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Rated 2.95 stars
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ReelTalk Movie Reviews
An Immaterial Movie
by Betty Jo Tucker

Material Girls, a comedy starring the Duff sisters, fails to capitalize on tween fave Hilary’s talents and gives too much camera time to Haylie instead. It also comes across as silly, not funny, and fits the dictionary definition of "immaterial" perfectly: unimportant, inconsequential, insignificant, minor, slight, flimsy, nonessential. With little sparkle and less joy to offer viewers, this film should have gone directly to DVD. At the screening I attended, even pre-teen girls in the audience appeared bored. 

Hilary and Haylie portray spoiled cosmetic company heiresses who are left penniless because of a scandal involving one of their late father’s cosmetic products. When members of the Board of Directors as well as their long-time manager (Brent Spiner) urge the sisters to sell the company to their main competitor Fabiella (played by the wonderful Anjelica Huston), the two girls refuse and decide to do everything possible to reinstate their father’s good name. 

Along the way -- and with the help of their former housekeeper (Maria Conchita Alonso) -- the girls discover what it’s like to live in the real world. They also become their own private investigators, find new boyfriends (Lukas Haas and Marcus Coloma), and learn how to deal with betrayal.  

Although I praised Hilary Duff for her acting in Raise Your Voice and enjoyed her performance in  A Cinderella Story, her work in Material Girls is considerably less commendable. She's still cute as a button, of course, but the lackluster script doesn't give her a chance to shine. And sister Haylie, who's quite lovely but not as charismatic as Hilary, seems to hog the camera. (Haylie is listed as one of the producers, so I can't help wondering if this means she had the power to do whatever she wanted in the movie.) These two siblings shout at each other during most of the film’s running time, which makes it difficult to sympathize with them or to cheer when they change into better persons after becoming poor and having to fend for themselves.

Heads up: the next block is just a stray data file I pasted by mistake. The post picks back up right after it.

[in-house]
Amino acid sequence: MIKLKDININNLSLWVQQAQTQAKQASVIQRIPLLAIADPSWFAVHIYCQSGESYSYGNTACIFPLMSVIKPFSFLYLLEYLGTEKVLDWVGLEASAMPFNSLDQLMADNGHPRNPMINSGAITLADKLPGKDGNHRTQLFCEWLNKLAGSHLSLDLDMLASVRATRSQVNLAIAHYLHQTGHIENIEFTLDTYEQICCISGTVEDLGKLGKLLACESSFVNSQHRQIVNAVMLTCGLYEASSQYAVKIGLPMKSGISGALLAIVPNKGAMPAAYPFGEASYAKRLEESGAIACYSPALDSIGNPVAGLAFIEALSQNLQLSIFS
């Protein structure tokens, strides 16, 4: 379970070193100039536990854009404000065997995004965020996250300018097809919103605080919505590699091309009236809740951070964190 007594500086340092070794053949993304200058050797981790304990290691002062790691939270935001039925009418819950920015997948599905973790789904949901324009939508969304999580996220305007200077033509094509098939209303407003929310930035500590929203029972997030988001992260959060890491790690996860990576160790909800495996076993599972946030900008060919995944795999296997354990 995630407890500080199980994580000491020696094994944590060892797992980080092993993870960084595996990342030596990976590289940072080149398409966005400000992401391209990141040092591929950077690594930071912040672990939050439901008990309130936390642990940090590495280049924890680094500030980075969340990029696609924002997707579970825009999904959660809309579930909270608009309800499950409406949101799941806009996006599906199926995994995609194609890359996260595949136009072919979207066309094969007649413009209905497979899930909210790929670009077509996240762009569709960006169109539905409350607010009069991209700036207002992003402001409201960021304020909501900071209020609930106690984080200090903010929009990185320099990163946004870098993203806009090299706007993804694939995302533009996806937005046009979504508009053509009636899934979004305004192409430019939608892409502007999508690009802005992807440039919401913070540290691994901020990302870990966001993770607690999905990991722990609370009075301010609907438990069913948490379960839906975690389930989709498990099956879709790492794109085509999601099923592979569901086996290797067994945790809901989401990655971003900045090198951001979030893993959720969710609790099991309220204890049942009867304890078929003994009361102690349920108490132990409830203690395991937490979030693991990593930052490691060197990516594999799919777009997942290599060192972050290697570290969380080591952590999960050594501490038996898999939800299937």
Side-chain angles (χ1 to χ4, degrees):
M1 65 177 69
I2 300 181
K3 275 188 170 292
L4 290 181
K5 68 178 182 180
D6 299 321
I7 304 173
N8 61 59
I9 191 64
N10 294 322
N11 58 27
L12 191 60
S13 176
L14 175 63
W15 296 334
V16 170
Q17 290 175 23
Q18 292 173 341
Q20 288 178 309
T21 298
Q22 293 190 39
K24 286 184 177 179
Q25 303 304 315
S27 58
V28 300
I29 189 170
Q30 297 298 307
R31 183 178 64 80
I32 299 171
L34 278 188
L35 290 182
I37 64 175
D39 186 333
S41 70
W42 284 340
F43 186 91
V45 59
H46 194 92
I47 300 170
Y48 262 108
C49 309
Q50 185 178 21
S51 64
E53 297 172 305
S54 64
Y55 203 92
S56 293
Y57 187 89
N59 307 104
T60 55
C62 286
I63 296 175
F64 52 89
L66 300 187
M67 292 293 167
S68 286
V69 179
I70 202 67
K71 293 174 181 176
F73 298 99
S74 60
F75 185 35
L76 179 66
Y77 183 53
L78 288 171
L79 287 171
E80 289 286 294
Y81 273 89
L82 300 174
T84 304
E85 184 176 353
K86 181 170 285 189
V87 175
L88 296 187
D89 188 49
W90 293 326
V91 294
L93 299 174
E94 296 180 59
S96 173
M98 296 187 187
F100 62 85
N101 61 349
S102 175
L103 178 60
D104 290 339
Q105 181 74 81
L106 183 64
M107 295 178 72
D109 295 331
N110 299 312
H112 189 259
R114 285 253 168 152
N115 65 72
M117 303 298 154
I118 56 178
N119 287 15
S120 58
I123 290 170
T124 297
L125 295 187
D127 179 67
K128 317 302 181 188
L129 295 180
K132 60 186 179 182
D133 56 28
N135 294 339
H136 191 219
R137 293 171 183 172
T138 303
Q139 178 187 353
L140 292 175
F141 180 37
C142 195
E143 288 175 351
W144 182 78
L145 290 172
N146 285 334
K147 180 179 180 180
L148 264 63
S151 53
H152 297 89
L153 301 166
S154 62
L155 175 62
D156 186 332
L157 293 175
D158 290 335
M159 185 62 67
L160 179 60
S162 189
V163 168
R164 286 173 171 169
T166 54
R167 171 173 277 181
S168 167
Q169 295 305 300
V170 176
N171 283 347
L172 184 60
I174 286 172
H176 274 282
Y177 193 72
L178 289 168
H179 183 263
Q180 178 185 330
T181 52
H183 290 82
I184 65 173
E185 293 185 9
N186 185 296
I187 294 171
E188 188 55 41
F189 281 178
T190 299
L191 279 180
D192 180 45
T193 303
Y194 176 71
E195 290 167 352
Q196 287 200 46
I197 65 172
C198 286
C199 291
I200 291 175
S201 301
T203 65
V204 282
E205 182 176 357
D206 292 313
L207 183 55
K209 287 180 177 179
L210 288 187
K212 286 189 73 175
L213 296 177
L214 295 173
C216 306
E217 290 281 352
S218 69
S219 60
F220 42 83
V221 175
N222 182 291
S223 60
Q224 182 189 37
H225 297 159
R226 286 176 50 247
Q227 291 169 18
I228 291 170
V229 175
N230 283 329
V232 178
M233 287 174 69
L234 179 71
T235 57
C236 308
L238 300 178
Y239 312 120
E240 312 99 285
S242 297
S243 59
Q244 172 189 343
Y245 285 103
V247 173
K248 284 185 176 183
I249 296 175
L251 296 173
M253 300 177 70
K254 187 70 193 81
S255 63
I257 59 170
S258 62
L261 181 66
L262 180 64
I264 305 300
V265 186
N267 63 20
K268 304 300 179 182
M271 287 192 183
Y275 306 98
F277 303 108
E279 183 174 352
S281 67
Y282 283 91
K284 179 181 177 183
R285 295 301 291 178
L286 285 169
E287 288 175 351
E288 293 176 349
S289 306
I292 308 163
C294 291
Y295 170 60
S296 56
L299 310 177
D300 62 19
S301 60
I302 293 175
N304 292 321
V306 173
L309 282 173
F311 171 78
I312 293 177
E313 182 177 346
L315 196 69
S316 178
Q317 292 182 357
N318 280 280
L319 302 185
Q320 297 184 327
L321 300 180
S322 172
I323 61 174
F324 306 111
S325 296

One bright light emerges from Material Girls: Oscar-winner Anjelica Huston’s (Prizzi's Honor) regal portrayal of the haughty Fabiella. Huston is something special to behold here, especially when -- dressed in an elegant white gown and turban -- she glides into the lobby of her plush office and commands the secretary to “make it happen” after finding out what type of refreshments her guests desire.   

Unfortunately, with the exception of Huston’s brief but impressive turn, Material Girls did not “make it happen” for me.

(Released by Metro-Goldwyn-Mayer and rated “PG” for language and rude humor.)


                                                                                                                                                                               
 
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